Julia & Julia
Runtime: 2 hr 3 min
MPAA Rating: PG-13
Director: Nora Ephron
Starring: Meryl Streep, Amy Adams, Stanley Tucci, Chris Messina, Linda Emond, Helen Carey, Mary Lynn Rajskub, Jane Lynch
A delicious concoction of two delectable stories.
Review by: SteveRhodes
Added: 8 years ago
JULIE & JULIA is a delicious concoction of two delectable stories, but the surprise is that Amy Adams sweetly understated performance goes down much easier than Meryl Streep's showy shtick, which too often becomes almost indigestibly larger than life.
Set in both early 1950s France and in 2002 Queens, the movie cuts between the two environments, one of large, beautiful buildings and one of a cramped, noisy apartment. Based on two true stories and adapted from two different books, the innovative script and the careful editing strikes just the right balance as it slowly shifts between time periods and locales.
When we meet the gregarious Julia Child (Streep), she is married to Paul Child, a diplomat played by Stanley Tucci. Described as a woman who was a 40-year-old virgin who couldn't boil an egg, Julia is searching for something to apply her boundless energy to. Since she has only one real passion, "eating," she eventually decides that a career as a chef or a cooking teacher might be something she would enjoy. In no time, she rises from the nearly ignored only woman in her cooking class to a woman who is a speed demon at everything she does. A typically funny sequence has her producing a mountain of chopped onions large enough to bury a couple of basketballs.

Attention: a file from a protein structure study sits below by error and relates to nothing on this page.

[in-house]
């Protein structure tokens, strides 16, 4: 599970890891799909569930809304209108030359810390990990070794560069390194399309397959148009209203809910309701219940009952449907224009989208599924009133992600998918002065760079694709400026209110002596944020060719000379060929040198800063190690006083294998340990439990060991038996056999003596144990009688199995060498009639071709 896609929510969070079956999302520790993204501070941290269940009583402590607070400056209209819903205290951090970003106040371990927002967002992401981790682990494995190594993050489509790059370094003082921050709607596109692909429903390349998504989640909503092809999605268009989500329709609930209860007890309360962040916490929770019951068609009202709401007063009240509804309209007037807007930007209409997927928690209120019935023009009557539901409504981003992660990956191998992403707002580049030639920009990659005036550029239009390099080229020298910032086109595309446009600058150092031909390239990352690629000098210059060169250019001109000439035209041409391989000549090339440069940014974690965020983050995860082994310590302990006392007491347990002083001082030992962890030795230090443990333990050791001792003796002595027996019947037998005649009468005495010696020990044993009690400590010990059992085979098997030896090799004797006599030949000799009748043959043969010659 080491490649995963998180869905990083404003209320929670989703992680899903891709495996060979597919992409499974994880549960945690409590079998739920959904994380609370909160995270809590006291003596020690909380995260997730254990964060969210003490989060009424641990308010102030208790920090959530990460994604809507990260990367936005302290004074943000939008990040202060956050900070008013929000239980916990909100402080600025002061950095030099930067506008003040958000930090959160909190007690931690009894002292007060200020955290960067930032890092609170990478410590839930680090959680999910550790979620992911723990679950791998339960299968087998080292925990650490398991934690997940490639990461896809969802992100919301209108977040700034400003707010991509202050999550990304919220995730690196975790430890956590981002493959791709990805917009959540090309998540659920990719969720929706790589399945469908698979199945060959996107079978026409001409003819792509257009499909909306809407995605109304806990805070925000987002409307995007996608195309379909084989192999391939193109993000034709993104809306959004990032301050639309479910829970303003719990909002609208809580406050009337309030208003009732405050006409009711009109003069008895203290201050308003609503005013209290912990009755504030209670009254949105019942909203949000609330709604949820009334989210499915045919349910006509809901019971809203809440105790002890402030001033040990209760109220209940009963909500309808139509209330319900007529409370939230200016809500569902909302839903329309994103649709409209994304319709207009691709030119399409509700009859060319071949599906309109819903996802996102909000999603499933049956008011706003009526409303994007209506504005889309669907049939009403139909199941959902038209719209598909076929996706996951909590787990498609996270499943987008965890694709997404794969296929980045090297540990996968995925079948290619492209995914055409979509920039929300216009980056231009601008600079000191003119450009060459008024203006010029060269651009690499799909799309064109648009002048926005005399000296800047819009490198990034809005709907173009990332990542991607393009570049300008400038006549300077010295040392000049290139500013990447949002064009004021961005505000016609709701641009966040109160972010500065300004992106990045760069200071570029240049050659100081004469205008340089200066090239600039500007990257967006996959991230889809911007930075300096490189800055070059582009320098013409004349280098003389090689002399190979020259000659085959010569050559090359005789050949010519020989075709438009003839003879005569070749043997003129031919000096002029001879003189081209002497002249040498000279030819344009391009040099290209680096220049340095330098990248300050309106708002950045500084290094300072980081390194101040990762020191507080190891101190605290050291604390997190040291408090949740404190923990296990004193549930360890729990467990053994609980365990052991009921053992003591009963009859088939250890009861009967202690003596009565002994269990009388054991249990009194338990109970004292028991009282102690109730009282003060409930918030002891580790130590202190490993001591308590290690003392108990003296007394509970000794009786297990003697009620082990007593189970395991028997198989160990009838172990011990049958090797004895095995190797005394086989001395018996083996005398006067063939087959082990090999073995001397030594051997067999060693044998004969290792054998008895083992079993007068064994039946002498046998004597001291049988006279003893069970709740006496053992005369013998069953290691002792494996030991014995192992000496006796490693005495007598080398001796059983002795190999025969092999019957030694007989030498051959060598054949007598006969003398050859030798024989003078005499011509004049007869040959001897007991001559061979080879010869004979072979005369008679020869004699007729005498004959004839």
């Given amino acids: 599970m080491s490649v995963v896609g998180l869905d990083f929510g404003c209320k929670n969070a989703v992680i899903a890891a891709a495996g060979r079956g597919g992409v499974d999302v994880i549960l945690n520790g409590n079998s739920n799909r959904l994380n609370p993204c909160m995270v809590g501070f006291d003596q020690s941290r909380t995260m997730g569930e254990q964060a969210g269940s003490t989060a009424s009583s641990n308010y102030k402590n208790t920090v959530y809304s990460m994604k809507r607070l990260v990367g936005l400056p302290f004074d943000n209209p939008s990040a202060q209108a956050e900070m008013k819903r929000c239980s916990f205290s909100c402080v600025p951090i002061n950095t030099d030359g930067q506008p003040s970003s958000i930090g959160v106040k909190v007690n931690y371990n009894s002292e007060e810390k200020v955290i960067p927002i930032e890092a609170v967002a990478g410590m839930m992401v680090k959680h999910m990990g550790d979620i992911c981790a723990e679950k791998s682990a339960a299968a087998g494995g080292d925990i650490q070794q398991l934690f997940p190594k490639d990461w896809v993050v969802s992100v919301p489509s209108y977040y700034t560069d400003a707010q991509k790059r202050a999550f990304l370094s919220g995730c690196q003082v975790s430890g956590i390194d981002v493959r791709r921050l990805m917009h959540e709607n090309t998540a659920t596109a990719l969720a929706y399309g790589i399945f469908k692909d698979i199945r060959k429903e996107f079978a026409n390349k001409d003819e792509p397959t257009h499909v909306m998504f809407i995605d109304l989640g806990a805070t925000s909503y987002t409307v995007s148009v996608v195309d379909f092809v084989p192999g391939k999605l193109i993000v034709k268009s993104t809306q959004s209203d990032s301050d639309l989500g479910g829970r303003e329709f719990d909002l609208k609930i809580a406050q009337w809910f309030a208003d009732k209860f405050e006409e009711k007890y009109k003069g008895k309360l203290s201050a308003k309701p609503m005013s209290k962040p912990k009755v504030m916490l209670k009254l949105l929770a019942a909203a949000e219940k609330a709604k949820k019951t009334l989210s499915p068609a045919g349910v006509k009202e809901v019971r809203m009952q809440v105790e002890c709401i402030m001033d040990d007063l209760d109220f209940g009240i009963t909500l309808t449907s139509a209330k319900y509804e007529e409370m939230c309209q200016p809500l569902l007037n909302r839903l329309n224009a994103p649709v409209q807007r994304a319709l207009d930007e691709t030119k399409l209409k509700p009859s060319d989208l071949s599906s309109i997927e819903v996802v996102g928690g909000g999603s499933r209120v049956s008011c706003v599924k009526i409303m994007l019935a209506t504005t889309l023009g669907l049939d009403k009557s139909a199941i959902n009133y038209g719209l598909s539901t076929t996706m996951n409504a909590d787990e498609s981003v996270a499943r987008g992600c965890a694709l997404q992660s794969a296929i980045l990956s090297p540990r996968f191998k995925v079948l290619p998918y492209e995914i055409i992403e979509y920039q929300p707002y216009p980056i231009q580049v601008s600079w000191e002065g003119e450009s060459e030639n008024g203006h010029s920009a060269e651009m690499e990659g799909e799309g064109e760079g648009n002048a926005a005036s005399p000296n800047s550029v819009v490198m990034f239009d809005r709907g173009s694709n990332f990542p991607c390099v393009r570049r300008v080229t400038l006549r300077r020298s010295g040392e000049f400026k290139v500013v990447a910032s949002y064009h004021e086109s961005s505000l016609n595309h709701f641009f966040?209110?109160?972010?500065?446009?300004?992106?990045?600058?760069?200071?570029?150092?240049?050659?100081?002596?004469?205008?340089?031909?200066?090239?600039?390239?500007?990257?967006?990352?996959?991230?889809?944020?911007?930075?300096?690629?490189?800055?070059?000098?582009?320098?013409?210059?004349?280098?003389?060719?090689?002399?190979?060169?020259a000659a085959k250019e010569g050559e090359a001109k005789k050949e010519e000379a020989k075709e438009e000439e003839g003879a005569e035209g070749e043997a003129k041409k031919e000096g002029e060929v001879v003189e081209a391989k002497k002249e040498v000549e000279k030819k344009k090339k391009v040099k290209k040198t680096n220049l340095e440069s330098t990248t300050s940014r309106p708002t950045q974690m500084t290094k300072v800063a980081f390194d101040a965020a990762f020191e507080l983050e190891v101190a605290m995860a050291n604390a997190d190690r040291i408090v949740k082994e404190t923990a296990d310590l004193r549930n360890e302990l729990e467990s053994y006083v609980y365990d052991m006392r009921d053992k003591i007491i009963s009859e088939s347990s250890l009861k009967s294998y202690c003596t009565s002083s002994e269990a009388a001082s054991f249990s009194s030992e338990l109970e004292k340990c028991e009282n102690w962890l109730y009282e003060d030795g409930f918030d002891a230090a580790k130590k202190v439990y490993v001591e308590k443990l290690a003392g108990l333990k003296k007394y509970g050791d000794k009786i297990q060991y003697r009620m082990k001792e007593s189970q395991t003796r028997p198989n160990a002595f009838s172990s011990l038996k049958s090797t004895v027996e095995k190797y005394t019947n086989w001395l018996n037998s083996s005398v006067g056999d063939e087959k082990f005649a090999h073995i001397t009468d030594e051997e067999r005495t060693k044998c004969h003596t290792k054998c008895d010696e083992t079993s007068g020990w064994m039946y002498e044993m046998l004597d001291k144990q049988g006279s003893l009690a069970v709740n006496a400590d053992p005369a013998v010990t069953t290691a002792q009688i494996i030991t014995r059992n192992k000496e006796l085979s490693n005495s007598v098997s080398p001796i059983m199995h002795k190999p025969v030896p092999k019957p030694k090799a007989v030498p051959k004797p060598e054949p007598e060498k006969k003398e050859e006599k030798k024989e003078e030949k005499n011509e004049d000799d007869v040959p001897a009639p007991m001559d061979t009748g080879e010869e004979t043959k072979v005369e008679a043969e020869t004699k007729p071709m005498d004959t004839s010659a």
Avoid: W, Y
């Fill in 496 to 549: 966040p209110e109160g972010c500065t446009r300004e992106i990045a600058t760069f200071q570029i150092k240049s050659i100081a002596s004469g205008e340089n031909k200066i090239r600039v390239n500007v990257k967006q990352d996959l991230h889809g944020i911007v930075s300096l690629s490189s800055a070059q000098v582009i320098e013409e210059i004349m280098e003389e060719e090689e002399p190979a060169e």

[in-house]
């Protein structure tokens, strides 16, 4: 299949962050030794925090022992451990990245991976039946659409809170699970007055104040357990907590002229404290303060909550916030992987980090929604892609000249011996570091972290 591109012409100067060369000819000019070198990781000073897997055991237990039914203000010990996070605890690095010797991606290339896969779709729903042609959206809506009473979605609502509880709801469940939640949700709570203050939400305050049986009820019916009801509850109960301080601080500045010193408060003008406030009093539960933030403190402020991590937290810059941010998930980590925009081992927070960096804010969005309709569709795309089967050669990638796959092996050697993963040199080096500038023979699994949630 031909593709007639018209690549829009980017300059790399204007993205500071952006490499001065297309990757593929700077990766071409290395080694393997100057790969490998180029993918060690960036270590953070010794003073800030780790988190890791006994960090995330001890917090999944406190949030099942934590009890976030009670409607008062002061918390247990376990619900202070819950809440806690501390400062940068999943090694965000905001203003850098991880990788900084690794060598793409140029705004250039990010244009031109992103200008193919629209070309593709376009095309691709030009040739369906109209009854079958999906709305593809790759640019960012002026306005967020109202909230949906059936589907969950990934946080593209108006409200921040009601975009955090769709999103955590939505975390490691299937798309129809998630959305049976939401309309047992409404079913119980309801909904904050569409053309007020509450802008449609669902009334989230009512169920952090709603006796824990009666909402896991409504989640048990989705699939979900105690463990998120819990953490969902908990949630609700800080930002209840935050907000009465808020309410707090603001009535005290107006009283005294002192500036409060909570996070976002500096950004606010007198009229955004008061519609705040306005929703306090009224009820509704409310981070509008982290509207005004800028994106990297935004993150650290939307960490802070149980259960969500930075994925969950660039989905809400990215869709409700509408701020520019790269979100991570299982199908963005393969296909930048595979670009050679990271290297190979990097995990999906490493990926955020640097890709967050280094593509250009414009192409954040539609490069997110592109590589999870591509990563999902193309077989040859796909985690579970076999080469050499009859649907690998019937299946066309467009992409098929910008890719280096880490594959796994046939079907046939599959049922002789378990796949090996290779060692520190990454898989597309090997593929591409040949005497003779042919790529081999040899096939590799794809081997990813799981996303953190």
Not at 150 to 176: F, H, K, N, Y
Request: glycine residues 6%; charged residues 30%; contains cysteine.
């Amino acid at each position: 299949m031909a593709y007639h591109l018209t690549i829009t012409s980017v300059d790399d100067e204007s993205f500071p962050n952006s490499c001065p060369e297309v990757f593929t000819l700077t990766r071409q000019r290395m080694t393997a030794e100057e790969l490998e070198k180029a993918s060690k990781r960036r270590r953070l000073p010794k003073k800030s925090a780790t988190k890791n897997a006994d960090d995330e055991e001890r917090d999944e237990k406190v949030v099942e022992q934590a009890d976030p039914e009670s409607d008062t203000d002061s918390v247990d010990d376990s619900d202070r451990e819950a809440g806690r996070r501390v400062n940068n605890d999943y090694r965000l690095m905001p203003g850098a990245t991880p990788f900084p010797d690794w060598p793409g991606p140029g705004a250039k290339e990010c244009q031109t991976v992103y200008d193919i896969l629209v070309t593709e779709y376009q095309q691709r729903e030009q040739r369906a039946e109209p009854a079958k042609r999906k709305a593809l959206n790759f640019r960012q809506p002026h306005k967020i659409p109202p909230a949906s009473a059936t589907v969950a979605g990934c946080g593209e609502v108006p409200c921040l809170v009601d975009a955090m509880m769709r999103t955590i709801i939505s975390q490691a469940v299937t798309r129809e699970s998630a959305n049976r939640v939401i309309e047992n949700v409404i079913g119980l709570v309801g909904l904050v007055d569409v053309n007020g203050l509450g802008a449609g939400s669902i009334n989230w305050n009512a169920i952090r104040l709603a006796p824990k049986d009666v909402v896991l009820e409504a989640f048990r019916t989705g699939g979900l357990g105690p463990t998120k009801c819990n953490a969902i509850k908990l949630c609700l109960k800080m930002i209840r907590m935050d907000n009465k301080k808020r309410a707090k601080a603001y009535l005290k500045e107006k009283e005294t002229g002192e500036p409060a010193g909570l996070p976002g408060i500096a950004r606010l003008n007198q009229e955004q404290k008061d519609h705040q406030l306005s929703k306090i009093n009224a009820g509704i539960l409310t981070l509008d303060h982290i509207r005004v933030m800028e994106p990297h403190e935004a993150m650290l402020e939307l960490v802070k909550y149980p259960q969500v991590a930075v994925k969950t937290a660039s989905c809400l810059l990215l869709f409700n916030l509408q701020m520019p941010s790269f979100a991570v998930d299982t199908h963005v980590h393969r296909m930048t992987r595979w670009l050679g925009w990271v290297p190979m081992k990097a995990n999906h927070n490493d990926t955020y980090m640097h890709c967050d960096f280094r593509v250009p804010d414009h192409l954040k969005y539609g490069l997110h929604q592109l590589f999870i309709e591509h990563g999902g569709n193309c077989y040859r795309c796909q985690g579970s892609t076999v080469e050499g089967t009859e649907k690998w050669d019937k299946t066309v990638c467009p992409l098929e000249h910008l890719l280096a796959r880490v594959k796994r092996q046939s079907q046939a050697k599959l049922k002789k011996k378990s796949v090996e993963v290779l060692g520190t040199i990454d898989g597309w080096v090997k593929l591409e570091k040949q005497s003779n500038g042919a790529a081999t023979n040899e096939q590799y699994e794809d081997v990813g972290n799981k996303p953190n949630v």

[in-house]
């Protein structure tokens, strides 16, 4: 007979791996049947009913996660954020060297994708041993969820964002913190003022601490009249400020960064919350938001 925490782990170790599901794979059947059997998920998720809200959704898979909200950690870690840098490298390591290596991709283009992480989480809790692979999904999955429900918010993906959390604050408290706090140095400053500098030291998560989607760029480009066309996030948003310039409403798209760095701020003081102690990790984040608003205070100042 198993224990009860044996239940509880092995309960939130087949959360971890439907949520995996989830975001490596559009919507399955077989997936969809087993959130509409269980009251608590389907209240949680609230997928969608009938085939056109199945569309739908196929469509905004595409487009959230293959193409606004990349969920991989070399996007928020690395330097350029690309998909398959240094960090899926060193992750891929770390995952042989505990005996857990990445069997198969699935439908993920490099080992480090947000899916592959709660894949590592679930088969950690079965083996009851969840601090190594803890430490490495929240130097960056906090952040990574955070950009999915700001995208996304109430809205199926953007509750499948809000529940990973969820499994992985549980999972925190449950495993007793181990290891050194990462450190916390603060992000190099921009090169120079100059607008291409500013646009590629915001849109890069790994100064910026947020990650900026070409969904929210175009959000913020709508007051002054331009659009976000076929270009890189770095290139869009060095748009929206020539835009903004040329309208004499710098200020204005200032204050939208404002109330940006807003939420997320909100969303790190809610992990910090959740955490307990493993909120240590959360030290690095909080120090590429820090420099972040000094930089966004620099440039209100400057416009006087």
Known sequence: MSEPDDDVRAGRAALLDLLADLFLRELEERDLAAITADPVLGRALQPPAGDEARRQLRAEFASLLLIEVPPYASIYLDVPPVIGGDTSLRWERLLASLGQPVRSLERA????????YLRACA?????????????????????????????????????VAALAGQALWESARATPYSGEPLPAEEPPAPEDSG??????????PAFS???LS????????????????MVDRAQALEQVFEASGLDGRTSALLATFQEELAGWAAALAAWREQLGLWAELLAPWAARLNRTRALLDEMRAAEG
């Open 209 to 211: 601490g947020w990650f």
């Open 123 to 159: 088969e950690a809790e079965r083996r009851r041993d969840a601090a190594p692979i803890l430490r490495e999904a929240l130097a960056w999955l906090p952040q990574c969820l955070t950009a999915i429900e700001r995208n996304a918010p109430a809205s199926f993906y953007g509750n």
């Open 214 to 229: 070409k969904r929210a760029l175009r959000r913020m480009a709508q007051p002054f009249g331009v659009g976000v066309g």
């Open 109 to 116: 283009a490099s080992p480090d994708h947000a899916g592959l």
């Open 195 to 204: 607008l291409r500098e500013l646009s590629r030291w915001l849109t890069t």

Meanwhile in the parallel story set in 2002, Julie Powell (Adams) has a thankless job as a much abused telephone counselor to the families of 9/11 victims who want to know what the holdup is on their restitution. Seeking an outlet for her energies, she tells her husband Eric (Chris Messina), who works for a magazine, that she plans on working her way through Julia Child's famous tome, "The Art of French Cooking."
More specifically, Julie plans on spending the next 365 nights cooking, in order, every one of the 541 recipes in Julia's cookbook. Julie, who worships Julia as something of a god, plans on blogging to the world about her experiences, making her endeavor something like a reality television series, sans television.
Director Nora Ephron manages to make Julie's writing to her blog interesting, which is tricky in a visual medium like the movies. Too often lots of typing become tedious to watch, but not in JULIE & JULIA. I think the secret is Amy Adams's compelling voice-over, which goes down as smooth as honey.
Although it's extremely funny in sections, what won me over in JULIE & JULIA was Adams's endlessly charming performance.
JULIE & JULIA runs 2:03. It is rated PG-13 for "brief strong language and some sensuality" and would be acceptable for kids around 9 and up.